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Welcome to the 2024 “The State of Bipartisanship” report produced by Majority in the Middle and powered by Plural Policy bill tracking software.

This report is designed to analyze bipartisan bill authorship as one important reflection of effective collaboration. This effort identifies where cooperation happens, elevating the people who are leading the way, and collecting replicable ideas to cultivate a healthier political environment -- in St. Paul and in state capitols across the country. 

Our first report in 2023 set the baseline and uncovered what we named hidden bipartisanship: the work being done across the aisle that doesn’t get a lot of attention, and that isn’t reflected in the outcome of large omnibus bills when final votes fall along party lines. 

Executive Summary

Election years and unusual situations can often increase partisanship at the capitol. This year (the second in a trifecta that is outside the norm for Minnesota) was no exception. 

In 2024, an election year for the House; a change in leadership, an arrest, and a campaign for congress in the Senate, all added pressure to bipartisan efforts. Additionally, this report may have been of influence. 

But when the dust settled on the 2023-2024 biennium, here’s what we learned: if you look at topline results, it seems like bipartisanship went down year-to-year. But when you look at individual committees’ and members’ data, you’ll see effort being made. This report will celebrate that effort.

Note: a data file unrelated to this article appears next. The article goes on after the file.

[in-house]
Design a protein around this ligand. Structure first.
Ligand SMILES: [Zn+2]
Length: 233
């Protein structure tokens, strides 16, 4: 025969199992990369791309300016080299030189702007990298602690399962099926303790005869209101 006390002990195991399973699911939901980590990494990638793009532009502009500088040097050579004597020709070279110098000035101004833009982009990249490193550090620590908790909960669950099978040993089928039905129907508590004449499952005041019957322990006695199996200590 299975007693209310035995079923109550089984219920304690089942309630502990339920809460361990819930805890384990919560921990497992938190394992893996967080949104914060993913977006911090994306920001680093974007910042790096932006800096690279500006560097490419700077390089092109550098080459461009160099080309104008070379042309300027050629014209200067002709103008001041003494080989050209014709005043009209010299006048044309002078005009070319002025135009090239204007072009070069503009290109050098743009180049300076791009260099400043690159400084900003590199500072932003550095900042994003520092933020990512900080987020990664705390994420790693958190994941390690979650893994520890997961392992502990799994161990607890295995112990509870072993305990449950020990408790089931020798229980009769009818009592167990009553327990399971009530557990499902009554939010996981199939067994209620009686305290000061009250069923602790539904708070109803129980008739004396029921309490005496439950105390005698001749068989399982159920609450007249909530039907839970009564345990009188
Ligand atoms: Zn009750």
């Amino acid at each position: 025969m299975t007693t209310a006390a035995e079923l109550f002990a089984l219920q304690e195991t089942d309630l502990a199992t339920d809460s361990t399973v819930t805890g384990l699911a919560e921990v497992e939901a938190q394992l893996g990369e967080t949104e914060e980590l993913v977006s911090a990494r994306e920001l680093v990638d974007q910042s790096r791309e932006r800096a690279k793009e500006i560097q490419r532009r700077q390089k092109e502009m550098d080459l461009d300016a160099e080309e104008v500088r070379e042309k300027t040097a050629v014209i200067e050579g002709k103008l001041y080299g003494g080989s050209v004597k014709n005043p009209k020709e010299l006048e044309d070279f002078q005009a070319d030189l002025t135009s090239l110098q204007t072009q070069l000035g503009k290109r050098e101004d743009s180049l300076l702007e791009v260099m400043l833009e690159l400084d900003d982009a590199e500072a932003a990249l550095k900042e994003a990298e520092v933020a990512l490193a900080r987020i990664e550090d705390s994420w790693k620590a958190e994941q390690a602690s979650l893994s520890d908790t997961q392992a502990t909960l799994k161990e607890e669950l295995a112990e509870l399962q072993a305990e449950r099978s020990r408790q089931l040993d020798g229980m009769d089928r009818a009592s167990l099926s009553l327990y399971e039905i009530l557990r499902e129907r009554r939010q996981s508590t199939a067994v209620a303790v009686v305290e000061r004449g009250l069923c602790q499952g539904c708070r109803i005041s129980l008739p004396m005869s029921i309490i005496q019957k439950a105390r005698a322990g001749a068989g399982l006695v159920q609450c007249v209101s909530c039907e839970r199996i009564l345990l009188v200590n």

A sample of results from the report

Overall bipartisanship in the Minnesota legislature declined in 2024 compared to 2023. Yet, data shows that many committee chairs and individual legislators actually demonstrated more bipartisanship.

  • The total percentage of minority-led bills getting a hearing went down from 36% to 31% in the Senate, and held steady in the House at 11%

  • Bipartisan bills introduced in 2024 went down from 45% to 38% in the Senate, and 27% to 26% in the House

  • The proportion of hearings given to minority-led bills went up in seven Senate and 11 House committees

  • The proportion of hearings given to bipartisan bills went up in two Senate and 11 House committees

By the end of the biennium:

  • all but two of the 134 House members had sponsored and/or co-sponsored bills with members of both parties

  • all 67 Senators had sponsored AND co-sponsored bills with members of both parties


This year we are also including recommendations on issues relevant to the subject of the report:

  • Ensure sufficient time for discussion and amendments

  • Members should be represented on committees substantially in proportion to their percentage representation in the full body

  • Process as many stand-alone bills as possible

  • Set reasonable limits on floor debate


We highly encourage members of both chambers to sit down together and hash out rules changes that everyone could live with – as members of the majority or the minority – BEFORE NOVEMBER, while control of the chambers is being determined by the voters. 

Why we should all care about bipartisanship

Bipartisanship is hard, messy, and subjective. It’s also essential.


We believe that political division in the United States is the overarching problem of our time. If you care about cost of living, mental health, immigration, democracy, climate change, school funding, or any other issues you should care about political division. Big topics of justice and freedom and liberty and safety – that we all need to tackle – are off the table if we don’t reverse this trend.


Issues don’t get solved when we’re divided. Instead, power and public policy swings back and forth on a pendulum, from one extreme to another.


Divisiveness means that issues that didn't used to be controversial are now partisan. Our culture and political system need to incentivize and reward compromise if we are going to make progress on challenging problems.

If you need more information to interpret the findings, have specific questions about the results, want to know how we collected the data or are interested in sponsorship of the 2025 report, please connect with Shannon

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